Grab a pen and paper before reading Jeanie Doyle Singler’s third mystery novel, Louisa Blue, because it will be helpful to take notes on the action, as this investigation into an unsolved murder grows more complex with each turning page. The list of suspects is extensive, and the potential motives are many, including jealousy, greed, and religion.
Singler opens Louisa Blue with an unusual missing persons report. The wealthy Spencer Townshend has been missing for over a year, after disappearing during a ski trip in Whistler, British Columbia. His wife, Louisa, still wonders: Did he take off intentionally, or did something happen to him? Louisa flees Spencer’s astoundingly dysfunctional family and moves to Tacoma, where she meets pastor Dark Ansgreth, whose own wife has recently died in a mysterious car accident. Meanwhile, Spencer’s illegitimate cousin Alexander LaGuardia receives an odd directive from his father’s will: If you want to receive your inheritance, find out what happened to Spencer.
Pulling all of these threads together is Singler’s most difficult task, one she performs ably, if somewhat slowly, over three-hundred-plus pages. Her explanation of events is clear, as Alexander retraces Spencer’s steps and interviews friends, relatives, and business associates. She uses dialogue to deliver new information, as Alexander talks to Louisa, Louisa talks to Dark, and Dark talks to his friend Davy, a detective.
As the mystery deepens, so do the relationships among the truth seekers. Louisa is enigmatic, vacillating between passionate, emotional declarations and ice-cold, logical evaluations. This volatility, along with Louisa’s fairy-tale beauty—long, curly hair and emerald-green eyes—draws men to her side. Alexander and Dark are not immune to her charms, and the potential love triangle adds tension to the search for answers.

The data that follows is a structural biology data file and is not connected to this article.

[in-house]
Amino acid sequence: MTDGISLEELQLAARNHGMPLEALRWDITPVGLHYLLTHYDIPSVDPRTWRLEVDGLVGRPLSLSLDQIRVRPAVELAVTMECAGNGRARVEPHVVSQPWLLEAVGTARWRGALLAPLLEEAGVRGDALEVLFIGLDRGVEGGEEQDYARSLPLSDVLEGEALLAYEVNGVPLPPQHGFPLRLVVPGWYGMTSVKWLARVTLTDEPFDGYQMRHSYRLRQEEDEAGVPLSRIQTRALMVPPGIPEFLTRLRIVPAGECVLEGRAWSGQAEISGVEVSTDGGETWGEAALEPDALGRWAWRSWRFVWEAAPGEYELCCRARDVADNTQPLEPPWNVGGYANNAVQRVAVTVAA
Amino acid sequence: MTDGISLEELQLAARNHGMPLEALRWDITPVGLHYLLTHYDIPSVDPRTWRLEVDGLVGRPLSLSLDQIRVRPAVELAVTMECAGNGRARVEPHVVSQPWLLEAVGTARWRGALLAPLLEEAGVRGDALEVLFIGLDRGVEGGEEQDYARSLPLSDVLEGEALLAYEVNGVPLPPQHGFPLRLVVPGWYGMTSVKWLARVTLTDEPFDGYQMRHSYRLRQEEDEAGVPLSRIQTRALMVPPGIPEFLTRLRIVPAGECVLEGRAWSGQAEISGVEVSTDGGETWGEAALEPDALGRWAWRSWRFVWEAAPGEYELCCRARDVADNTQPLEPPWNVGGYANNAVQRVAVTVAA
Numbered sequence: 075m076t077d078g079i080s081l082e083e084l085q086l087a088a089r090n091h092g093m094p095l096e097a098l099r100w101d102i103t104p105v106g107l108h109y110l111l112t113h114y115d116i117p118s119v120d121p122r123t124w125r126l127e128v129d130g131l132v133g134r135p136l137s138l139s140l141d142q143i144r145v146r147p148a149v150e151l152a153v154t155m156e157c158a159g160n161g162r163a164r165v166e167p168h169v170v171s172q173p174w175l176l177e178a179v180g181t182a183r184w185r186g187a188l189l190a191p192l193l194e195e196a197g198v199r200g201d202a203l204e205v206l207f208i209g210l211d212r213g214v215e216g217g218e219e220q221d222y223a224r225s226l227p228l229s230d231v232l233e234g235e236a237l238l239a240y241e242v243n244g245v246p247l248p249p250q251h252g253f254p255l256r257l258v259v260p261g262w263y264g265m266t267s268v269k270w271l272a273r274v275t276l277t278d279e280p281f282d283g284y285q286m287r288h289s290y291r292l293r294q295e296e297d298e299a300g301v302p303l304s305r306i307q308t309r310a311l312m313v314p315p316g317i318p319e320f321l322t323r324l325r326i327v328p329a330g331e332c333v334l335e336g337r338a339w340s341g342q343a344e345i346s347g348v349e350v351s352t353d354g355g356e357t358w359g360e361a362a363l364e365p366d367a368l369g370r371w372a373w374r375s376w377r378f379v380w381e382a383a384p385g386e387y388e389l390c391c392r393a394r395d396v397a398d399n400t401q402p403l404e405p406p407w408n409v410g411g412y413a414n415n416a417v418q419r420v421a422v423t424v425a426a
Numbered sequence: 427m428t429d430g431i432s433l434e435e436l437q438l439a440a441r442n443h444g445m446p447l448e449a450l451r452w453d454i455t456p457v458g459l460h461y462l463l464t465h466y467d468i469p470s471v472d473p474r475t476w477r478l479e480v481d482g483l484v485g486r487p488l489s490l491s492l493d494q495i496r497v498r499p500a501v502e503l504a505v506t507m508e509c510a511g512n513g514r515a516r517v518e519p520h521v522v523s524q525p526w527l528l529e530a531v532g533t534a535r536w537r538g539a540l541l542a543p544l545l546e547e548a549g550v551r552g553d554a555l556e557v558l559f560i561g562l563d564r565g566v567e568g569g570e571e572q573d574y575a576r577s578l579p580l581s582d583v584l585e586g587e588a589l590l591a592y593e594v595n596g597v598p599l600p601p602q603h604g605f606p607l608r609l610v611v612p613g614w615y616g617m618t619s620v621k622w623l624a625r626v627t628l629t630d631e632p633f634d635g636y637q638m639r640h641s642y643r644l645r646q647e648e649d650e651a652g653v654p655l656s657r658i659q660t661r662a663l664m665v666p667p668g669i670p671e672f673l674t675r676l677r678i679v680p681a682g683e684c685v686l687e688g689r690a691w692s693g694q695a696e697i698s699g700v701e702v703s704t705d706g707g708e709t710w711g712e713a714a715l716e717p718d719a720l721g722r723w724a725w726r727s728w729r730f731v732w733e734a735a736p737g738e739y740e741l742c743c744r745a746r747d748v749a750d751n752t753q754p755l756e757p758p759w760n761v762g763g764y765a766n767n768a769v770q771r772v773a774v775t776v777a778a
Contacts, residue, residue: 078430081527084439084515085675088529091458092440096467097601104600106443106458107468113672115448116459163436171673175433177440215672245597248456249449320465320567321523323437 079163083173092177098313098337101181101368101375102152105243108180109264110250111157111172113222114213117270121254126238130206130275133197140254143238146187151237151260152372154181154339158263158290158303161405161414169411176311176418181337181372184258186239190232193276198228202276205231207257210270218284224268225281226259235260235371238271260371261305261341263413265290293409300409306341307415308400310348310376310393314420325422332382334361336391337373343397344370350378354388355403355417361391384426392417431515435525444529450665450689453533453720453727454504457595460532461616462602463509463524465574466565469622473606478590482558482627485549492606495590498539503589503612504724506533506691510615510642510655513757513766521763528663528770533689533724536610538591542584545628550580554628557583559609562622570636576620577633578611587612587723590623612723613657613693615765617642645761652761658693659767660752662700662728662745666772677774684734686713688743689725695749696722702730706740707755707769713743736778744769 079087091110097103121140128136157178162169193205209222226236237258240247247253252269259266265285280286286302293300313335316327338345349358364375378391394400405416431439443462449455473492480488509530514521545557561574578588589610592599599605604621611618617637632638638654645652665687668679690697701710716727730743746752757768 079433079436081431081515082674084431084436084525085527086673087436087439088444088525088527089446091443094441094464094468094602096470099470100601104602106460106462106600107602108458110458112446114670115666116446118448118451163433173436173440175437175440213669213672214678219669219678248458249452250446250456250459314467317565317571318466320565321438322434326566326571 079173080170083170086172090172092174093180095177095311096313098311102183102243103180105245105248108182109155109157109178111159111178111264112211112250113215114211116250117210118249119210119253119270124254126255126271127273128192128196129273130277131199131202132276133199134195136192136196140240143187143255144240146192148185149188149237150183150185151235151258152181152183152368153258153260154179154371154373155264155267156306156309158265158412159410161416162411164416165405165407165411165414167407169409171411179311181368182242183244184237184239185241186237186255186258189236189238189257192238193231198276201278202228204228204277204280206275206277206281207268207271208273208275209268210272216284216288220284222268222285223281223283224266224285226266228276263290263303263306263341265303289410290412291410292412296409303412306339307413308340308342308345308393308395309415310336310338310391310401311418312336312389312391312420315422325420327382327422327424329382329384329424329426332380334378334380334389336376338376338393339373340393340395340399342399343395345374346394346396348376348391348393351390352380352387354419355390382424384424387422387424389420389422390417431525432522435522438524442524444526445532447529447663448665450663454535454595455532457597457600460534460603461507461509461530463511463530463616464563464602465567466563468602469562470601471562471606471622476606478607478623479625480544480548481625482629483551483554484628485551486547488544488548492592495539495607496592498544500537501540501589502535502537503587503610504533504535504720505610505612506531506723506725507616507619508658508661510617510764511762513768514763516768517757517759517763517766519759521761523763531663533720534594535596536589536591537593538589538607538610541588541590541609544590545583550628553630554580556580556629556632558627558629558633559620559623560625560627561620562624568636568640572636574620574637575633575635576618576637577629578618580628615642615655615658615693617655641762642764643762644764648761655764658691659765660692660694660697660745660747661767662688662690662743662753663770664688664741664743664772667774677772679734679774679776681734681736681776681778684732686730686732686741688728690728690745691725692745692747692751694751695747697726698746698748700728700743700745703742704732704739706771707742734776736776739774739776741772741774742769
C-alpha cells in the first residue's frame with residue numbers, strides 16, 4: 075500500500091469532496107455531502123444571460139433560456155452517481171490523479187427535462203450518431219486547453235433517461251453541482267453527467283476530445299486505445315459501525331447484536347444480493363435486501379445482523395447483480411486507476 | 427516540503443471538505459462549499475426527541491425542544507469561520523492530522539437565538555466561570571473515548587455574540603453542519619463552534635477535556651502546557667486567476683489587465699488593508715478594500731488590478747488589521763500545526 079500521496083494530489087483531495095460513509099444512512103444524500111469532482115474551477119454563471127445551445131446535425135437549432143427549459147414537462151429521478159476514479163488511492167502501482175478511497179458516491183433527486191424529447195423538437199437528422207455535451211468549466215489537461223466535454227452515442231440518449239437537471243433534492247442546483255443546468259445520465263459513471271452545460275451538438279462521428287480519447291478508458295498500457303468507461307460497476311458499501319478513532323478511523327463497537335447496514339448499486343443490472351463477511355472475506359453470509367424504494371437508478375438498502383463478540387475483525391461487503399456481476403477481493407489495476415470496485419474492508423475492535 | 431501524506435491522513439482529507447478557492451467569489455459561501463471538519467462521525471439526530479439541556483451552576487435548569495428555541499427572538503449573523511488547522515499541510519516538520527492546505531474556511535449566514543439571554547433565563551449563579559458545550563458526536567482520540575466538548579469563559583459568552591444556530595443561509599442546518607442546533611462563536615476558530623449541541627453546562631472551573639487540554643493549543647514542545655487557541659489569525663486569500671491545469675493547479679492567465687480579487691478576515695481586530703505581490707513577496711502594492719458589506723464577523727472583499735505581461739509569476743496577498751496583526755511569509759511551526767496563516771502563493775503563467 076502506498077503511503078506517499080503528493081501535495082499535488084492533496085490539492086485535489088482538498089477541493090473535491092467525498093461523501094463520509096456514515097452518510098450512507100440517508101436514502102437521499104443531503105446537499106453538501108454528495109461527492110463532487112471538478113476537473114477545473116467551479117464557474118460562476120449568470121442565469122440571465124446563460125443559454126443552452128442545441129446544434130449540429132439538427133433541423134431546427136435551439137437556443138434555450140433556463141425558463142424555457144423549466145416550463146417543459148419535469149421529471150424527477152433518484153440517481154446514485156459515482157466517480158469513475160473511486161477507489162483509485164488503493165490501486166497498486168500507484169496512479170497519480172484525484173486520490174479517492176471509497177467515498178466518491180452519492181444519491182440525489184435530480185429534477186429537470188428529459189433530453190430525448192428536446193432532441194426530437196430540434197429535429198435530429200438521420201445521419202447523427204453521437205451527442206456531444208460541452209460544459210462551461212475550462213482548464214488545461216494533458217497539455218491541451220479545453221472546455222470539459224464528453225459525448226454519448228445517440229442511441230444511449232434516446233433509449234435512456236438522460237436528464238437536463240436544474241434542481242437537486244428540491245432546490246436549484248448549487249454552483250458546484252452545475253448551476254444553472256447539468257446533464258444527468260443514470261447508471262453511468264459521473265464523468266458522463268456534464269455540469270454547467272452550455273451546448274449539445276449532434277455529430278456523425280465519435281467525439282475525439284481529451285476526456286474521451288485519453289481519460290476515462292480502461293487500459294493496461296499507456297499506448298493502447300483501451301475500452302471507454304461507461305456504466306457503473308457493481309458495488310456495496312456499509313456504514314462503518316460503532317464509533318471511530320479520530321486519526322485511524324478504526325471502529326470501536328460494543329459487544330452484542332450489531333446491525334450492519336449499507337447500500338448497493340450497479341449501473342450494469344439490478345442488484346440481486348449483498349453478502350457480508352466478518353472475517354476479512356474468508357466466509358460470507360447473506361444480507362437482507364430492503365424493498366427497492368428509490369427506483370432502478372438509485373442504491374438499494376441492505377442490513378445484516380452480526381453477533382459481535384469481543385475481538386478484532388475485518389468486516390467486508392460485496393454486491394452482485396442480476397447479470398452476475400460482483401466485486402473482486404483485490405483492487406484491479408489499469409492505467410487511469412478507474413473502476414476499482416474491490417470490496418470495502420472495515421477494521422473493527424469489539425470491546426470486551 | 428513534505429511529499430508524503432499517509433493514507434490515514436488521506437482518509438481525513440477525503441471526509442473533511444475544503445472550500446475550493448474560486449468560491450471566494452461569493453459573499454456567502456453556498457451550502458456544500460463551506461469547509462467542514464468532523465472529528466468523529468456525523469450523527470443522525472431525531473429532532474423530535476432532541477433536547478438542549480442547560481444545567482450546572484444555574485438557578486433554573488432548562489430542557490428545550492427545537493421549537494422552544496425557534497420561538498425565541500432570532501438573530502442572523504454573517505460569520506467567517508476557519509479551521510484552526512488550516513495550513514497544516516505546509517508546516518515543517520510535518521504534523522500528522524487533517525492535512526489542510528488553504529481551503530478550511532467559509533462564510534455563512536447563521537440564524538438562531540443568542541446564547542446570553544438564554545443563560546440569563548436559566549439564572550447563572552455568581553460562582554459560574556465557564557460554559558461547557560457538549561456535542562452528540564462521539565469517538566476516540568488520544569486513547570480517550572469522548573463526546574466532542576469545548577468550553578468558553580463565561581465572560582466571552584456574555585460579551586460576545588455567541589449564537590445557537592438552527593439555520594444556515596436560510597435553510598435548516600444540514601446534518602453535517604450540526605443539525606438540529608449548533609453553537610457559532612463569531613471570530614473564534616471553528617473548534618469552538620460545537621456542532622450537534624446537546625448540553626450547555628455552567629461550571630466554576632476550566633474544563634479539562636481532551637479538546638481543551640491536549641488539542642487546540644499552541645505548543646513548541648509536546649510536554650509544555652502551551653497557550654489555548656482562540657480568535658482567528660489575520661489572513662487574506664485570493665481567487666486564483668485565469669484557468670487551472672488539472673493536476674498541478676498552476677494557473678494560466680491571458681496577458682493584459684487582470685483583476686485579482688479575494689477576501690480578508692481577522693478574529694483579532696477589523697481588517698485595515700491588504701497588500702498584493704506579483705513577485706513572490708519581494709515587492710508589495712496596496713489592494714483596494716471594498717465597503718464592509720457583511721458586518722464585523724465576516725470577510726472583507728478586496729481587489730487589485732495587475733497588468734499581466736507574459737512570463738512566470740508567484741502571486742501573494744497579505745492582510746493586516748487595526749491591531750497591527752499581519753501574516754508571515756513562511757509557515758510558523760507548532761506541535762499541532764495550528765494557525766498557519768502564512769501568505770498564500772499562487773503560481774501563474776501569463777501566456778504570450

Singler is comfortable with details, and perhaps a bit too enthusiastic about the particulars of each scene. For instance, Alexander doesn’t just walk in the front door of a new house, but rather surveys the layout of the house and the contents of each room. Run-on sentences describe the floral patterns in the sofa fabric, along with the carpet color and the type of curtains in the windows. The surplus of domestic details distracts from the action and slackens the pace.
Singler alternately creates and extinguishes tension as the list of likely victims grows. On one hand, the reader follows Alexander and Dark closely, hoping along with them for a breakthrough with each new clue. On the other hand, however, the reader loses sight of the goal when Singler shifts into flowery prose. The gritty details of car chases and police barricades lose their power against the “apprehensive mist” of the moonlight and the “apricot sun” on the horizon.
Resolution comes late in the game, and a reader might turn to her notes in the last pages, curious to see if all the loose ends have been tied up. Mysteries both murderous and romantic are indeed wrapped up with satisfying logic, while leaving ample room for future adventures.
Sheila M. Trask
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